April 11, 2016 7:30am
reposted from a story published in the adelaide advertiser written by Miles KempThe Advertiser
Dignity for Disability MLC Kelly Vincent is calling for low paying sheltered workshops to be phased out. Picture: Mark Brake
DISABILITY advocates have called for the phasing out of the lowest-paying sheltered workshops after a report found they are hindering workers’ moves into mainstream jobs.
Dignity for Disability MLC Kelly Vincent said the worst, lowest paid forms of sheltered workshops, which paid workers $2 per hour, should be phased out.
“There’s no place in modern Australia for employment models using the antiquated so-called business services wage assessment tool — paying employees as little as $2 an hour,’’ she said.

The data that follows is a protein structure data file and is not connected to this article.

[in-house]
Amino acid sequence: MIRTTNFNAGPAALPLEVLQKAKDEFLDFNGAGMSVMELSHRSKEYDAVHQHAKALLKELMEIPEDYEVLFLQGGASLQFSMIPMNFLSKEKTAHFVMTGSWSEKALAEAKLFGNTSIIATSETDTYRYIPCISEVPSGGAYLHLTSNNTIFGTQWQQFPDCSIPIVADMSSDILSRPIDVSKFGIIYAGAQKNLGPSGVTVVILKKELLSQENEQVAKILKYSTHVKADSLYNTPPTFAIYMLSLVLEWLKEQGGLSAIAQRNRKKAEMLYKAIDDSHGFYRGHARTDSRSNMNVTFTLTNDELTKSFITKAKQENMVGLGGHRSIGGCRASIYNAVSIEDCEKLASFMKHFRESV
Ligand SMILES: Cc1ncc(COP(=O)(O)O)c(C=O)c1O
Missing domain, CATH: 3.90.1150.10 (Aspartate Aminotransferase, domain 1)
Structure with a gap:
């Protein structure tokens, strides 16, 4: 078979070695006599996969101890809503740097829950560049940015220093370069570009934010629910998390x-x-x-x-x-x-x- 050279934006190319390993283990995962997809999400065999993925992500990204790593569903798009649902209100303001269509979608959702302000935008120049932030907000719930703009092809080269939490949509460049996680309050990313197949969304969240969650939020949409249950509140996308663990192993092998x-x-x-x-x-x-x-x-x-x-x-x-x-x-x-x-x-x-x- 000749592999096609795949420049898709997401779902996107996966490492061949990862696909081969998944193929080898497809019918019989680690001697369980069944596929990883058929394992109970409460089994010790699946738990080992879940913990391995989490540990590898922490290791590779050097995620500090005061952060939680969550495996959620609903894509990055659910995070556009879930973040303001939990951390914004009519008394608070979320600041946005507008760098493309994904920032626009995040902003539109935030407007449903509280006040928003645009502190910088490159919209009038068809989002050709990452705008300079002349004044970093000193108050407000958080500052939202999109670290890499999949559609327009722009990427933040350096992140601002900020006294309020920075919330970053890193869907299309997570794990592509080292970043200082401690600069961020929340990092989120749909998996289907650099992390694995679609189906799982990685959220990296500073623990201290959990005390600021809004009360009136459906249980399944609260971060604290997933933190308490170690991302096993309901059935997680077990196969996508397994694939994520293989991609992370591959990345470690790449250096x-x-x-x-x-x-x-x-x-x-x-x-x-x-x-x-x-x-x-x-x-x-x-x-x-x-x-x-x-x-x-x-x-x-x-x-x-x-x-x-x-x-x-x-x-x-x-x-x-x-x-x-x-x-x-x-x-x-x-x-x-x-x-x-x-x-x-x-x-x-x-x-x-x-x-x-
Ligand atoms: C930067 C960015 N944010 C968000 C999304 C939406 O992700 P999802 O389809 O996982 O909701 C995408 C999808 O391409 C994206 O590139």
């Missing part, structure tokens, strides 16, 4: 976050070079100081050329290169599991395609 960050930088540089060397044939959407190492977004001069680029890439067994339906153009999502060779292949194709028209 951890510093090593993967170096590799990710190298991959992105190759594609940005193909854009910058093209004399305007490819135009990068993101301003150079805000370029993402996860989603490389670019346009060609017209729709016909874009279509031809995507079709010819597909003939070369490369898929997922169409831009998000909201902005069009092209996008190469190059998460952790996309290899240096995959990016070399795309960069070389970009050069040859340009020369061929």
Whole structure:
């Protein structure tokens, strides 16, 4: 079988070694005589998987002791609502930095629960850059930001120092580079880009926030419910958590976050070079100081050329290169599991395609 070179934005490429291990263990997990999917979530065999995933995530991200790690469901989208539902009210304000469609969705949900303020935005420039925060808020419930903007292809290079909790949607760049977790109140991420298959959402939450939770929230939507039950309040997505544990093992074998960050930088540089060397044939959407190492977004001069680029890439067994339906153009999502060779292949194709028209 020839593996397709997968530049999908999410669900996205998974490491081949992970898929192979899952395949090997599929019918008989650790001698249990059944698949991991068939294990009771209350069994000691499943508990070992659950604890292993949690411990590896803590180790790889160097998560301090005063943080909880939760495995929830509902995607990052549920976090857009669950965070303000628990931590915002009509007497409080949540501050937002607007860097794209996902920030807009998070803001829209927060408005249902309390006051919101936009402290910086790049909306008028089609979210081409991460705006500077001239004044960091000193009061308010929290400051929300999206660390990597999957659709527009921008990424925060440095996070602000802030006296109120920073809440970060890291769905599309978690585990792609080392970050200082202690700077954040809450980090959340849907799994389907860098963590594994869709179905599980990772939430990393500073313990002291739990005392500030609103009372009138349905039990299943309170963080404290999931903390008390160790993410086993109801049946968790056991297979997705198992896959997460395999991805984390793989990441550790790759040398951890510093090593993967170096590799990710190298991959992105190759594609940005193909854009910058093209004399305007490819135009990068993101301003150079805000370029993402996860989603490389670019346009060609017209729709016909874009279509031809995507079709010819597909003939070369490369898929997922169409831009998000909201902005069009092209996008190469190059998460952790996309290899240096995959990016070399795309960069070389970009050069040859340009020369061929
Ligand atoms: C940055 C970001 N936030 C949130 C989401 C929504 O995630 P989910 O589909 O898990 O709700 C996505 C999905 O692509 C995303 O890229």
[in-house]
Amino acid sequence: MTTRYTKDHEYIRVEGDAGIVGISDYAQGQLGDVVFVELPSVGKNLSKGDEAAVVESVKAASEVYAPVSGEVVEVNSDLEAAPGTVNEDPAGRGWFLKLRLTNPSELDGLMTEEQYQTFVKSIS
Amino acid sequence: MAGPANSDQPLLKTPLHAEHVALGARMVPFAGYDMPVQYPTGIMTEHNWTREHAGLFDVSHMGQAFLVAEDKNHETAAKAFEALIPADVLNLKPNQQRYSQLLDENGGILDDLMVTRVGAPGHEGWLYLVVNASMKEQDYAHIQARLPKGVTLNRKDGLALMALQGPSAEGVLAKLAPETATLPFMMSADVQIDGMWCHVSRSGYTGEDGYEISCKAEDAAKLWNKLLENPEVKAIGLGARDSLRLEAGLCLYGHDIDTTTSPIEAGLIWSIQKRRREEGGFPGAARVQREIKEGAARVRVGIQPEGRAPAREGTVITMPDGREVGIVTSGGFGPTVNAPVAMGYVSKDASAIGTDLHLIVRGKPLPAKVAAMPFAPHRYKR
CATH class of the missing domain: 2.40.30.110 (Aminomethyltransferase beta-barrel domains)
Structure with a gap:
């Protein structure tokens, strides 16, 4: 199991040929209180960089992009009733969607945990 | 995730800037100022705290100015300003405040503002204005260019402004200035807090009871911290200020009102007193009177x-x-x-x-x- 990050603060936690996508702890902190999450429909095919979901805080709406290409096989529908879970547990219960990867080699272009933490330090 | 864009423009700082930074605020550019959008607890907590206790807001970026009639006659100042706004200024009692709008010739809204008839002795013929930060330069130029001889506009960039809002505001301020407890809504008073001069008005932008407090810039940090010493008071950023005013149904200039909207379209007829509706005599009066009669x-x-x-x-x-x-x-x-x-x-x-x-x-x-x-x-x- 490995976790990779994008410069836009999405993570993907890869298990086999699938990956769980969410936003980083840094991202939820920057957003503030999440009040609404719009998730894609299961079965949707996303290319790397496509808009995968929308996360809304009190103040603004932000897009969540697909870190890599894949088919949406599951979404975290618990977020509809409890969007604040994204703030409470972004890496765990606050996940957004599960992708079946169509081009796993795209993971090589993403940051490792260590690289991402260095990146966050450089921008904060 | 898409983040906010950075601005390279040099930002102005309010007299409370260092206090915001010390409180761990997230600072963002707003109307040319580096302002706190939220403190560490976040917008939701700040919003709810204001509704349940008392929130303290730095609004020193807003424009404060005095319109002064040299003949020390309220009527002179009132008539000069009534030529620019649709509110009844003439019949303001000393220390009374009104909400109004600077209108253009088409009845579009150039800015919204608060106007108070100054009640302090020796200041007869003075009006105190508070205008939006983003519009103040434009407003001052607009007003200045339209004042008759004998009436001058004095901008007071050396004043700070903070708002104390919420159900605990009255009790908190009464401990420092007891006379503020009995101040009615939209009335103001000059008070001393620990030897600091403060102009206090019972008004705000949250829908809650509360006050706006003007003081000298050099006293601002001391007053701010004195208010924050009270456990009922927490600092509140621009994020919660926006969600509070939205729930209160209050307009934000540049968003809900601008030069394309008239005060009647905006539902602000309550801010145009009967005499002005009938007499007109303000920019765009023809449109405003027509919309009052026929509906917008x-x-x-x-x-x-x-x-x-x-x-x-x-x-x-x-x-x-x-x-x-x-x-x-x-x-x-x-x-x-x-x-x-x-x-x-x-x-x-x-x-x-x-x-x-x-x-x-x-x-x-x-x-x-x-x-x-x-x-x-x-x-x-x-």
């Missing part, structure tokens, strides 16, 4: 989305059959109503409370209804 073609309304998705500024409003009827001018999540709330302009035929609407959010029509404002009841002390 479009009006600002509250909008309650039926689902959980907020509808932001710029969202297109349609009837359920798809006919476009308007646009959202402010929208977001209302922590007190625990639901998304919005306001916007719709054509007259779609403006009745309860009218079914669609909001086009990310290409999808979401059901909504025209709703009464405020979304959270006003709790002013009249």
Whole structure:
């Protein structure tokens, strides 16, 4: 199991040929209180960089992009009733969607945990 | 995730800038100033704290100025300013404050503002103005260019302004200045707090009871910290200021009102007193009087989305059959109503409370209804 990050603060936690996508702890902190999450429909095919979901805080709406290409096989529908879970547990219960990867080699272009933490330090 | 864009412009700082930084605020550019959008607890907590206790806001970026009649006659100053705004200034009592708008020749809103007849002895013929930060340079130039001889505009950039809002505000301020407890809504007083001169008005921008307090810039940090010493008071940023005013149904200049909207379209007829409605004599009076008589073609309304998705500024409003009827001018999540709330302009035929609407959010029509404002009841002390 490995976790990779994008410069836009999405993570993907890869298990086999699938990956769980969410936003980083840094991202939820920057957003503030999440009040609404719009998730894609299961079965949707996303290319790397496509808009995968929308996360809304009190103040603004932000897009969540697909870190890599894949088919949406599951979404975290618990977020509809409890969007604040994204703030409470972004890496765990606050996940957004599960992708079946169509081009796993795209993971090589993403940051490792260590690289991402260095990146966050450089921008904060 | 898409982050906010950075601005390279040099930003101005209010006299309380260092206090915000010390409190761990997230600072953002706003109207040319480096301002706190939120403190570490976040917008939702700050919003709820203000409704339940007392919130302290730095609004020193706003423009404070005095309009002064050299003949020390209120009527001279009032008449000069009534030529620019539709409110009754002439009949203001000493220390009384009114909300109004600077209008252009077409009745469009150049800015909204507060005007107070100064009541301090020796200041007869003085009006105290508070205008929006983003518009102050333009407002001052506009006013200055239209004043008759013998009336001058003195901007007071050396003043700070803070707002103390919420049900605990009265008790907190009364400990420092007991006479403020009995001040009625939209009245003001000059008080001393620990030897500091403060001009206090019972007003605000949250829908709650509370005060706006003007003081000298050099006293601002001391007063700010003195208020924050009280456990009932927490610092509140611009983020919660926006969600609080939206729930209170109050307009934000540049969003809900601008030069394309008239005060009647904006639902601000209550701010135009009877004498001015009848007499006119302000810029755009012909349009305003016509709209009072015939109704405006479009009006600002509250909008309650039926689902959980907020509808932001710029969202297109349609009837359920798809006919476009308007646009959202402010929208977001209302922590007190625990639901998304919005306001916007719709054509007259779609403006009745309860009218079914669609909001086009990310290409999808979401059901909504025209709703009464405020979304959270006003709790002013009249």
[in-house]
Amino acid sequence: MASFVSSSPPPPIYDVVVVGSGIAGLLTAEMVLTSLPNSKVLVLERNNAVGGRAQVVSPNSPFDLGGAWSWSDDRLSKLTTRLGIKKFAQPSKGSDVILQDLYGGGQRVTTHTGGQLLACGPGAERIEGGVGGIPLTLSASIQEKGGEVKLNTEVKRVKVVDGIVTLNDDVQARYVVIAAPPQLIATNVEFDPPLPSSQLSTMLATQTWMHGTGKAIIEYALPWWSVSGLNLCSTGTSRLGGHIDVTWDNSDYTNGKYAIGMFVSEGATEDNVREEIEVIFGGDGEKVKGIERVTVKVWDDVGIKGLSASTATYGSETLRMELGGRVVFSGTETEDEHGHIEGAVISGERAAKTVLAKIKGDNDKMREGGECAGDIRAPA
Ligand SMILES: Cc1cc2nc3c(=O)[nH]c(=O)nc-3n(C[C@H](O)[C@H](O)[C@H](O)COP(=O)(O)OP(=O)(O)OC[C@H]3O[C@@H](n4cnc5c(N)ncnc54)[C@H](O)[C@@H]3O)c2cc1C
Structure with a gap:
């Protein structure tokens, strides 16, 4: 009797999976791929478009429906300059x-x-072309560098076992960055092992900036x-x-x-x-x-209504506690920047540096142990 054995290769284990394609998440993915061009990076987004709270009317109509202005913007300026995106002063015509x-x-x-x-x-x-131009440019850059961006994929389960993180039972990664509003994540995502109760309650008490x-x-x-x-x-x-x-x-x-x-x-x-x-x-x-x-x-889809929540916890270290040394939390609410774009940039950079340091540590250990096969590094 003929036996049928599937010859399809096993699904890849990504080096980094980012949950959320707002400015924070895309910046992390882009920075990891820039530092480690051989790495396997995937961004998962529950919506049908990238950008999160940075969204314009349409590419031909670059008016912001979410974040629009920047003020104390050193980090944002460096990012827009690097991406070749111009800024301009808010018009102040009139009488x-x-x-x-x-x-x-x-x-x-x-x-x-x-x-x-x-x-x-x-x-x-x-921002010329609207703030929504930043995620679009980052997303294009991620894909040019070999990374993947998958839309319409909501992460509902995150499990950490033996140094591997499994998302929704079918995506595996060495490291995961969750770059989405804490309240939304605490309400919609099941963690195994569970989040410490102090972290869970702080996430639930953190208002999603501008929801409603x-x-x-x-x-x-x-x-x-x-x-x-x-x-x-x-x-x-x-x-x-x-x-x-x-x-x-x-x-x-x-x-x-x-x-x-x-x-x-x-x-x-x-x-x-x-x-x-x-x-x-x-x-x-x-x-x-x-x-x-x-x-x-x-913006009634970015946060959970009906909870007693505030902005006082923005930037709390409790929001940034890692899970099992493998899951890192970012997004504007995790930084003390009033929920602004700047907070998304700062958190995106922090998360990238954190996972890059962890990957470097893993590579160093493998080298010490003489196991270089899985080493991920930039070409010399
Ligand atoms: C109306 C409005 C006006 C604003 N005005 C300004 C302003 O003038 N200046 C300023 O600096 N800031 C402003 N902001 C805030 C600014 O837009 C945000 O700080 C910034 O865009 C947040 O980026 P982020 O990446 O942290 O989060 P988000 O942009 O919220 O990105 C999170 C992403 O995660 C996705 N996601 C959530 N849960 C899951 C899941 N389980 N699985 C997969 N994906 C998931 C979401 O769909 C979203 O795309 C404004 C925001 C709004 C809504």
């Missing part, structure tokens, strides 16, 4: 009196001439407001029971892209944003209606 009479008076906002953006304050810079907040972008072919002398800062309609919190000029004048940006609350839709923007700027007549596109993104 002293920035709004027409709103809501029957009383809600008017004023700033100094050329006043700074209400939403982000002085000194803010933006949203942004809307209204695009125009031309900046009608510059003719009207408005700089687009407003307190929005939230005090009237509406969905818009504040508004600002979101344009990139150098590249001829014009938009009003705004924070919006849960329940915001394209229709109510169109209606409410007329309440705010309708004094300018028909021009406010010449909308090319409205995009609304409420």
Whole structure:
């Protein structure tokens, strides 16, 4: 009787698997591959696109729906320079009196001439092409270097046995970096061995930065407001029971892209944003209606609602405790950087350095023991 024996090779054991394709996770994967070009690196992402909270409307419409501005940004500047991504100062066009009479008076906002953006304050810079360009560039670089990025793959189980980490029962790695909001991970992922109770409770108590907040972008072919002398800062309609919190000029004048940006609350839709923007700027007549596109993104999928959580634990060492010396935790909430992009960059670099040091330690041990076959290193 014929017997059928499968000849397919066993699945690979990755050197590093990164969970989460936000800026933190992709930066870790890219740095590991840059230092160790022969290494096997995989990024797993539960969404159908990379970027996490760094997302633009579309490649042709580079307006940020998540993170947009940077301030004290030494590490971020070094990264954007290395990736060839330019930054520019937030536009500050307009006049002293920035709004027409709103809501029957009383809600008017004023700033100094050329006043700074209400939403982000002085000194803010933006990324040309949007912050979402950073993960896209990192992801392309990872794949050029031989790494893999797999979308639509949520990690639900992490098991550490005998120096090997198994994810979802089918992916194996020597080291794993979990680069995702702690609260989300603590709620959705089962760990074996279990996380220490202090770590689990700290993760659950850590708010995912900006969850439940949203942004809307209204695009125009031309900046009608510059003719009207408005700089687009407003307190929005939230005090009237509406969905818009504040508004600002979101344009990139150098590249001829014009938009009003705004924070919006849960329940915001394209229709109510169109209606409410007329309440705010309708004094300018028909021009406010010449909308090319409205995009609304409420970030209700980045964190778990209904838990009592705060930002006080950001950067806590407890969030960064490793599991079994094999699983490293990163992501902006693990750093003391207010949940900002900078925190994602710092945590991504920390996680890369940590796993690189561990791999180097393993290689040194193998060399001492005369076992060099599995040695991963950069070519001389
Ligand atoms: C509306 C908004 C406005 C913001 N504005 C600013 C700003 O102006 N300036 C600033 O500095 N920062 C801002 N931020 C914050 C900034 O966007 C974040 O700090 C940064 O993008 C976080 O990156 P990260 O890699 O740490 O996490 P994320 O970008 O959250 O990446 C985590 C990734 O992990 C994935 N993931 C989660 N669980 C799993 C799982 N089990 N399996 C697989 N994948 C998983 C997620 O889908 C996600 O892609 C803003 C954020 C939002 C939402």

“Just because someone gets meaning and purpose from their work, does not mean it’s OK to pay them a pittance.
Ms Vincent’s comments were in response to work by UniSA researchers — supporters of sheltered employment — who interviewed 64 workers for their study which will be published in the journal Social Policy and Administration.
The paper does not support the abolition of sheltered workshops, but states: “The key finding from this study is that being comfortable in sheltered employment does little to help disabled people transition into mainstream jobs’’.
“Placement of disabled people in sheltered employment should not be long term and possibly be discouraged for younger people.”
Co-author of the UniSA study, senior lecturer Dr Elizabeth Hemphill, said it did not support closing sheltered employment.
State manager of National Disability Services Peter Hoppo said it was lobbying MPs about the value of Australian disability enterprises